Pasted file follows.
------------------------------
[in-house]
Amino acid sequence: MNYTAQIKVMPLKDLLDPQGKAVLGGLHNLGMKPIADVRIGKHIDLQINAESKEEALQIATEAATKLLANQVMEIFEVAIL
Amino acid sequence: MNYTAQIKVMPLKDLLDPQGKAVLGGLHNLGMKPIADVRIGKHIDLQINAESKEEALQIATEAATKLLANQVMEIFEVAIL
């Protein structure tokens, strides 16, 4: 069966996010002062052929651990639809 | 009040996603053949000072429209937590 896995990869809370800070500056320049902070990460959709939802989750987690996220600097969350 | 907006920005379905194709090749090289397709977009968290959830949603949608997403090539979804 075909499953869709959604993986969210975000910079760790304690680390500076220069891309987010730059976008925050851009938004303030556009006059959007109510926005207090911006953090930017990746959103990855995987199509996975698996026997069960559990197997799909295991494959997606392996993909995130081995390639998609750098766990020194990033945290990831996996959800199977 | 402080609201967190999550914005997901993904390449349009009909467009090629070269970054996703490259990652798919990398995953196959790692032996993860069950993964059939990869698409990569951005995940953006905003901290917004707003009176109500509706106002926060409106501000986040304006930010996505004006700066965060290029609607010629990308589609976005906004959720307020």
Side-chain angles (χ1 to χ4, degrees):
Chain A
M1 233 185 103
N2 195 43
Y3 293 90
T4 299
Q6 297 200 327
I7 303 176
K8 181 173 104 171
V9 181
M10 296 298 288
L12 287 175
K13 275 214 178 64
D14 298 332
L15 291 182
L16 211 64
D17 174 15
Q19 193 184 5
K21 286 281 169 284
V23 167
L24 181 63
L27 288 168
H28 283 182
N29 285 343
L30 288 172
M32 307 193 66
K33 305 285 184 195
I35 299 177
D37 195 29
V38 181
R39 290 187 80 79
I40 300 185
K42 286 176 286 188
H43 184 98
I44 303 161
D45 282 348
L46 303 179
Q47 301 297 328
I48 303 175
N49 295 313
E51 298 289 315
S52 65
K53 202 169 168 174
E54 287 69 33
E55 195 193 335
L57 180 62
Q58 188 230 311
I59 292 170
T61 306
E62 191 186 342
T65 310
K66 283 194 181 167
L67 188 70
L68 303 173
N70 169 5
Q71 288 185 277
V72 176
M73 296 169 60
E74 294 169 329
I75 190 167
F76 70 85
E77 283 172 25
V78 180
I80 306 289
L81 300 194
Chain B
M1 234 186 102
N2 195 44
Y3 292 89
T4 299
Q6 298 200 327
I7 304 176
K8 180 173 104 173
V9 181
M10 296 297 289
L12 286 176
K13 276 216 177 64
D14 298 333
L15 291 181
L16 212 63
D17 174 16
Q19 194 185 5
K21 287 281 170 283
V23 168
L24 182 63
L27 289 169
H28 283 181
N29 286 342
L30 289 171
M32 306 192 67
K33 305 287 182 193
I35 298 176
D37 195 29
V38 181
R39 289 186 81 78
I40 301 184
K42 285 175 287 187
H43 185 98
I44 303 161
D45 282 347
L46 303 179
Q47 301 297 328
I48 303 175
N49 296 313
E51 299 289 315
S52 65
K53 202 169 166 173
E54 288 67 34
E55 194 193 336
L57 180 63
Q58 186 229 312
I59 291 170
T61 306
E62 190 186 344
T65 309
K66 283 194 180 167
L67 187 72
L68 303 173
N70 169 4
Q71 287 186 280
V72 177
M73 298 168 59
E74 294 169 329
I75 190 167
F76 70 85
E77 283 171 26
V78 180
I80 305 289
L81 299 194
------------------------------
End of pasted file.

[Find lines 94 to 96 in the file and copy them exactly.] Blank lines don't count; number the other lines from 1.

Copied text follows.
M32 306 192 67
K33 305 287 182 193
I35 298 176